Salient to Investors:

Research finds that, among US-based fund managers, a Brazilian-born manager who speaks fluent Portuguese and is familiar with the country’s business culture had better results when investing in Brazilian companies than a German-born manager.

Quoc Nguyen at University of Illinois found:

  • US funds that overweight stocks from the local ethnic group’s home country outperform otherwise similar mutual funds by 1.4% per quarter in their international holdings.
  • Funds which held main offices in communities that had a high concentration of a specific ethnicity held 14 percent more in stocks from that ethnicity’s home country than peers. When there was no such concentrated community, the funds invested 9 percent more in the manager’s ethnic homeland than otherwise similar funds.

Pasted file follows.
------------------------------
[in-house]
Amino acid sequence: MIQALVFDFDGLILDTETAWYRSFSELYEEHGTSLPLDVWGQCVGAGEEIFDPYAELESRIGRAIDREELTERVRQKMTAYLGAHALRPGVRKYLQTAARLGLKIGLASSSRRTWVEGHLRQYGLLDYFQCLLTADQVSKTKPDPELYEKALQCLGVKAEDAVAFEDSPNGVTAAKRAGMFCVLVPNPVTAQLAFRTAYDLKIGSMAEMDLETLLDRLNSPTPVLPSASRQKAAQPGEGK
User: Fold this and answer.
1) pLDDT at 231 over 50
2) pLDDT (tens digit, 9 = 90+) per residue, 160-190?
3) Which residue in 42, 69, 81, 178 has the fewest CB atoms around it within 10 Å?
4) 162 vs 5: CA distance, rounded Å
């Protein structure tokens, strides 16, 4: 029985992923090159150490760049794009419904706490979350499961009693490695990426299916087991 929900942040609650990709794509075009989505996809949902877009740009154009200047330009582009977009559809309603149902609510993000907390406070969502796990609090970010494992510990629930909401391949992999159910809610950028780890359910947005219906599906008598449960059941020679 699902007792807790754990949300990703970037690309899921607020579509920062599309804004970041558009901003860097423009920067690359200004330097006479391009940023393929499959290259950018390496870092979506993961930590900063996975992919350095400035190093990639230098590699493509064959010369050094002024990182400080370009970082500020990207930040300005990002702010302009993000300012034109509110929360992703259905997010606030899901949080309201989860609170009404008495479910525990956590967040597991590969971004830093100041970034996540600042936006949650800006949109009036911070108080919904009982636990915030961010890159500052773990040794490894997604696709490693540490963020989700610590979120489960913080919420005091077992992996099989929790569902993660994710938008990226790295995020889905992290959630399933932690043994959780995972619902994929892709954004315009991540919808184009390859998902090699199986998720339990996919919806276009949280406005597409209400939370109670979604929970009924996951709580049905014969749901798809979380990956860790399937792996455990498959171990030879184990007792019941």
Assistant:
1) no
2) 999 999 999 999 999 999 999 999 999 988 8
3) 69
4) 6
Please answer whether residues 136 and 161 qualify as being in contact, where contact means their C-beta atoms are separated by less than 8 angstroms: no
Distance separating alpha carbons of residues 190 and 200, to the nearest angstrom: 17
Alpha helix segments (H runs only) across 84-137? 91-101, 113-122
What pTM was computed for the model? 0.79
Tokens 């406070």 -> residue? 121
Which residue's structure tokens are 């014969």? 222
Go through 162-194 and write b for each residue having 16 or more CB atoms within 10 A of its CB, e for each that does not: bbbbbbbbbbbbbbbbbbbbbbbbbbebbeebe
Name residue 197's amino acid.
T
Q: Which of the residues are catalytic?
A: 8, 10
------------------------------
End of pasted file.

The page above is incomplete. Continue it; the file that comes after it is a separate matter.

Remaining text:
• Outperformance was stronger among managers whose families come from emerging-markets nations.
  • The ethnicity effect is strongest in funds that invest primarily in the US but dabble in foreign stocks versus funds that invest exclusively overseas.

Alec Walsh at the Harding Loevner Equity Fund disagrees, saying:

  • Home bias can blind money managers to investment opportunities outside their comfort zone.
  • Knowledge leads to overconfidence about your abilities to forecast the future.
  • World markets have become increasingly homogenous in the last 20 years thanks to the Internet and globalization.
  • In certain countries, having a native on staff is an advantage.

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